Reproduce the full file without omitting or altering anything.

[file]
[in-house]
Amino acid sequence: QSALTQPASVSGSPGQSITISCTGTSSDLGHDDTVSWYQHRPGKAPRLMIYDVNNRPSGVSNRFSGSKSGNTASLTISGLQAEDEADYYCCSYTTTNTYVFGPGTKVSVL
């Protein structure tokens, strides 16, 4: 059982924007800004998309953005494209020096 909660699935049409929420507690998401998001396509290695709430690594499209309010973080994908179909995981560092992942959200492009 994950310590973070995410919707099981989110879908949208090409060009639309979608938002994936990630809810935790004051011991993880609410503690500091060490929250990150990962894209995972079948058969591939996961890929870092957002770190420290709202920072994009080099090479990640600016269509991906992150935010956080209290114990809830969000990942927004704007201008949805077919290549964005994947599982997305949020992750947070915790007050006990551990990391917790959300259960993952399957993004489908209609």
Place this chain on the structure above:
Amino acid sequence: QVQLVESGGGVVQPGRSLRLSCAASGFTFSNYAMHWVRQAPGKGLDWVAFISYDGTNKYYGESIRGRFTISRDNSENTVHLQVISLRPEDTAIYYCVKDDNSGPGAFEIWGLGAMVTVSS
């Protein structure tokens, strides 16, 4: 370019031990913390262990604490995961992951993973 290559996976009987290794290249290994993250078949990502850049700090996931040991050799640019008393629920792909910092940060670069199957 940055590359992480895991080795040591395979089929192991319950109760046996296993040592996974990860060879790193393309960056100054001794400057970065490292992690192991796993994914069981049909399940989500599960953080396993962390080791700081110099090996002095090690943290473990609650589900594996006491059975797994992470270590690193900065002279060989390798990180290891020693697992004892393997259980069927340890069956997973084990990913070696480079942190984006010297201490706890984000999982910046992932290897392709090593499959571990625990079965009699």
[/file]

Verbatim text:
[in-house]
Amino acid sequence: QSALTQPASVSGSPGQSITISCTGTSSDLGHDDTVSWYQHRPGKAPRLMIYDVNNRPSGVSNRFSGSKSGNTASLTISGLQAEDEADYYCCSYTTTNTYVFGPGTKVSVL
């Protein structure tokens, strides 16, 4: 059982924007800004998309953005494209020096 909660699935049409929420507690998401998001396509290695709430690594499209309010973080994908179909995981560092992942959200492009 994950310590973070995410919707099981989110879908949208090409060009639309979608938002994936990630809810935790004051011991993880609410503690500091060490929250990150990962894209995972079948058969591939996961890929870092957002770190420290709202920072994009080099090479990640600016269509991906992150935010956080209290114990809830969000990942927004704007201008949805077919290549964005994947599982997305949020992750947070915790007050006990551990990391917790959300259960993952399957993004489908209609």
Place this chain on the structure above:
Amino acid sequence: QVQLVESGGGVVQPGRSLRLSCAASGFTFSNYAMHWVRQAPGKGLDWVAFISYDGTNKYYGESIRGRFTISRDNSENTVHLQVISLRPEDTAIYYCVKDDNSGPGAFEIWGLGAMVTVSS
């Protein structure tokens, strides 16, 4: 370019031990913390262990604490995961992951993973 290559996976009987290794290249290994993250078949990502850049700090996931040991050799640019008393629920792909910092940060670069199957 940055590359992480895991080795040591395979089929192991319950109760046996296993040592996974990860060879790193393309960056100054001794400057970065490292992690192991796993994914069981049909399940989500599960953080396993962390080791700081110099090996002095090690943290473990609650589900594996006491059975797994992470270590690193900065002279060989390798990180290891020693697992004892393997259980069927340890069956997973084990990913070696480079942190984006010297201490706890984000999982910046992932290897392709090593499959571990625990079965009699």